I still carry it around. "It" is a piece of belt off some kind of farm machinery. My parents used it as the last resort in disciplining us as children. They only used it on our derrières, and very rarely at that. I remember how it stung. It probably seems odd that I should still be carrying it around after all these years. But it reminds me of the statement from Revelation 3:19: "Those whom I love I rebuke and discipline. So be earnest and repent."
In fact, the Scriptures mention God's discipline in several places., particularly in the book of Hebrews.
Hebrews 12:5: "And have you completely forgotten this word of encouragement that addresses you as a father addresses his son? It says, 'My son, do not make light of the Lord's discipline, and do not lose heart when he rebukes you...'"
Hebrews 12:7: "Endure hardship as discipline; God is treating you as his children. For what children are not disciplined by their father?"
Hebrews 12:8: "If you are not disciplined—and everyone undergoes discipline—then you are not legitimate, not true sons and daughters at all."
Hebrews 12:11: "No discipline seems pleasant at the time, but painful. Later on, however, it produces a harvest of righteousness and peace for those who have been trained by it."
The Old Testament is full of examples of how the Lord disciplined His people, usually as a result of their rebellion, but sometimes to teach life lessons that needed learning. As Moses prepared Israel for their entrance into Canaan, he said this: "Remember how the Lord your God led you all the way in the desert these forty years, to humble you and to test you in order to know what was in your heart, whether or not you would keep his commands. He humbled you, causing you to hunger and then feeding you with manna, which neither you nor your fathers had known, to teach you that man does not live on bread alone but on every word that comes from the mouth of the Lord. Your clothes did not wear out and your feet did not swell during these forty years. Know then in your heart that as a man disciplines his son, so the Lord your God disciplines you" (Deuteronomy 8:2-5).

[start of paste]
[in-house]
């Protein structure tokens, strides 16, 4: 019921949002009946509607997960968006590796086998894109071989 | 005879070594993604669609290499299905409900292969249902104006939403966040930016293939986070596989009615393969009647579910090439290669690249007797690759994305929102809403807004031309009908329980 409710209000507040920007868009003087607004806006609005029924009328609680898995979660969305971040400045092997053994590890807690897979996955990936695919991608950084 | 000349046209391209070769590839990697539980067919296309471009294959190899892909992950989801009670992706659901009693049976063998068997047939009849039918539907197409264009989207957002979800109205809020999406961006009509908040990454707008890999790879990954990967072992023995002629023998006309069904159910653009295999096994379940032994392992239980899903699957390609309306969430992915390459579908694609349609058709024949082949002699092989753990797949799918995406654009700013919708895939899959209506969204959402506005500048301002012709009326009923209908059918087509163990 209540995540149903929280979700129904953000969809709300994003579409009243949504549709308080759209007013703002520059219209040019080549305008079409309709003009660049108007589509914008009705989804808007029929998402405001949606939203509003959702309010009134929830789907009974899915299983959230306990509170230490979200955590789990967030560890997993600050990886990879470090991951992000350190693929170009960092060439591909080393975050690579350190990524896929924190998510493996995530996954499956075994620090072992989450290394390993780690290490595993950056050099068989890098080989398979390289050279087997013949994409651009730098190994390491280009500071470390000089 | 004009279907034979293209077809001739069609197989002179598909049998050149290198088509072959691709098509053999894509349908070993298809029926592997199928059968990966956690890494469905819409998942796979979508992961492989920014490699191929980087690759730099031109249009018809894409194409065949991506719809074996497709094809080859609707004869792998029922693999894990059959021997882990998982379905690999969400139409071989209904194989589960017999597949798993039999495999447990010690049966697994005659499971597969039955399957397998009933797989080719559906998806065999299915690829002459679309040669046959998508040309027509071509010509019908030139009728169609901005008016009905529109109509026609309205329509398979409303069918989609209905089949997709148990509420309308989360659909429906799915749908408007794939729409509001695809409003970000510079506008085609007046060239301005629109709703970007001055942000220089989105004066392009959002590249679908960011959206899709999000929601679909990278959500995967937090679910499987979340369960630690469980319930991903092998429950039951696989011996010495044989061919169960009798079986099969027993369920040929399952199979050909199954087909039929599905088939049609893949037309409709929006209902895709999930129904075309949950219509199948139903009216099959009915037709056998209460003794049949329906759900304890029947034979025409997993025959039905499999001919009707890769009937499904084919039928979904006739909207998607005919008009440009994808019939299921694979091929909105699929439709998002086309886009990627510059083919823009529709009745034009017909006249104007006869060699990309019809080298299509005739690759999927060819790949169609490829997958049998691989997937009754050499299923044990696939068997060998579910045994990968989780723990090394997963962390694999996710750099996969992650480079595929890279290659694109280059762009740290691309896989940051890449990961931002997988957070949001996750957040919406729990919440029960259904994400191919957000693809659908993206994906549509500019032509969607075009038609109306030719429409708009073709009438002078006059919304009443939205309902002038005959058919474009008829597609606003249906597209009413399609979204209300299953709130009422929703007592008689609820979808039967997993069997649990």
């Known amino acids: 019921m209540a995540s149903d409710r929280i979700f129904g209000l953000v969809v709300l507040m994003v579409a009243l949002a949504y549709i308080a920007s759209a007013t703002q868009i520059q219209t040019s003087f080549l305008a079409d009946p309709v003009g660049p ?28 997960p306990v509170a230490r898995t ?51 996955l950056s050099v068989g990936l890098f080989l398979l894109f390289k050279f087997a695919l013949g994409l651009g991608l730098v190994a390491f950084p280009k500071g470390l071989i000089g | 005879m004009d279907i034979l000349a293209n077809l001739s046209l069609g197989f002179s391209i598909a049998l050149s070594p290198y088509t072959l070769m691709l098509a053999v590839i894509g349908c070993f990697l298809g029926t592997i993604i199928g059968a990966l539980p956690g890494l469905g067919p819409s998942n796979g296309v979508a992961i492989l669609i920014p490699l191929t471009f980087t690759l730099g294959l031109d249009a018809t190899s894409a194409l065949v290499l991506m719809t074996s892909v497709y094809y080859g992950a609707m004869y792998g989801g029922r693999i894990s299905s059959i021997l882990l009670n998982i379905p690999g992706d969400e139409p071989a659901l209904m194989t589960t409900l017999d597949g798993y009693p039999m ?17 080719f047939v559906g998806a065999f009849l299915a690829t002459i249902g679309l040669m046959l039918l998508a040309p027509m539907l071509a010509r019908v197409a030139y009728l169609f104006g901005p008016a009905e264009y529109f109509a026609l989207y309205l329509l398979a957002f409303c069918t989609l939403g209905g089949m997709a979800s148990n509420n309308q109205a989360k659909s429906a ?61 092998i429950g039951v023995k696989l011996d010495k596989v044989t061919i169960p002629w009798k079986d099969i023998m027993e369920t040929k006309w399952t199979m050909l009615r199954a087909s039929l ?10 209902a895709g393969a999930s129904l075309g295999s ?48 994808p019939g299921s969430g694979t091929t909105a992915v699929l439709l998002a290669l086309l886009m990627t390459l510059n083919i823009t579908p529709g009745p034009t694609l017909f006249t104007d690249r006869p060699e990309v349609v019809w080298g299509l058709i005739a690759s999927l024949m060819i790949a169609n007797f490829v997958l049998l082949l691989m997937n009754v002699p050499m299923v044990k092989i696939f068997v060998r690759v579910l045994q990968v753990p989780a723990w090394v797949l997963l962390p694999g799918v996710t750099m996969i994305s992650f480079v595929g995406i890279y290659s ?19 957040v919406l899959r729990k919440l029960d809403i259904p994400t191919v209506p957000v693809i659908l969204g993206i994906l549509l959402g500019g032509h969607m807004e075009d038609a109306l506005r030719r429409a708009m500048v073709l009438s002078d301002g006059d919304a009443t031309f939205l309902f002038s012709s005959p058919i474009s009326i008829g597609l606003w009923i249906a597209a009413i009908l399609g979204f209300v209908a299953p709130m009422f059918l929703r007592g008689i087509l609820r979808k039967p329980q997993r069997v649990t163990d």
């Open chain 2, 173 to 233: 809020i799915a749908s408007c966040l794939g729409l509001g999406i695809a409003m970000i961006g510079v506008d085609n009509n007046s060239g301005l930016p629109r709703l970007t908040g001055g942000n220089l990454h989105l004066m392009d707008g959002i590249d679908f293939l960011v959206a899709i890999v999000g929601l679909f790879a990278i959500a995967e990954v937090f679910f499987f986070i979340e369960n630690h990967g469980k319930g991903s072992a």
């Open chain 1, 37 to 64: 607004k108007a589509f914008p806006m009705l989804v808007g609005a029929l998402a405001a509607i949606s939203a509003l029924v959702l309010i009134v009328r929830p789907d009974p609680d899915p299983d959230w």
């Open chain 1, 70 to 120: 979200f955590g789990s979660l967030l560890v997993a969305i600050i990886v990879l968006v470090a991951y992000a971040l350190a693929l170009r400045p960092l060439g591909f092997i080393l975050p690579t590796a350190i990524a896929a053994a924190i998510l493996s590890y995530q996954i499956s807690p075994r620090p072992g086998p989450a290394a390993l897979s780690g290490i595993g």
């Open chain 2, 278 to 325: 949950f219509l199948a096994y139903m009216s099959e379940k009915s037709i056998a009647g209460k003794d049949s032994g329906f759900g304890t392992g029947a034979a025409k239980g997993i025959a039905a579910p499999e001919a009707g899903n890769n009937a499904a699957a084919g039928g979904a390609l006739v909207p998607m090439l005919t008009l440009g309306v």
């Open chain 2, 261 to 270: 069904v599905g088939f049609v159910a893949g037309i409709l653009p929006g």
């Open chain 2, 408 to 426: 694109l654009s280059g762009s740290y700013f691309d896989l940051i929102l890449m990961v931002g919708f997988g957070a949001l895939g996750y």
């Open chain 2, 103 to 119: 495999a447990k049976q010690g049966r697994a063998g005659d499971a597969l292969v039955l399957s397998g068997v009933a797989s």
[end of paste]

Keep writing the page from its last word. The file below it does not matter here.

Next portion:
It's true that discipline is not pleasant. but the writer to the Hebrews has it right when he said that the end result is a positive one for those who learn from the discipline.
Israel was to remember God's discipline. George Santayana (1863-1952), philosopher, poet, essayist is attributed with saying this: "Those who cannot remember the past are condemned to repeat it." Remembering God's discipline in our lives helps us to avoid repeating the mistakes of the past that led to the discipline. But above and beyond that, remembering that discipline reminds us of just how much God loves us. He cares enough to correct us because He really does want the very best for us, just as any good parent wants for his or her children.
I keep the strap because I am grateful for what is represented in the relationship that I had with my mother and father. It was an expression of love.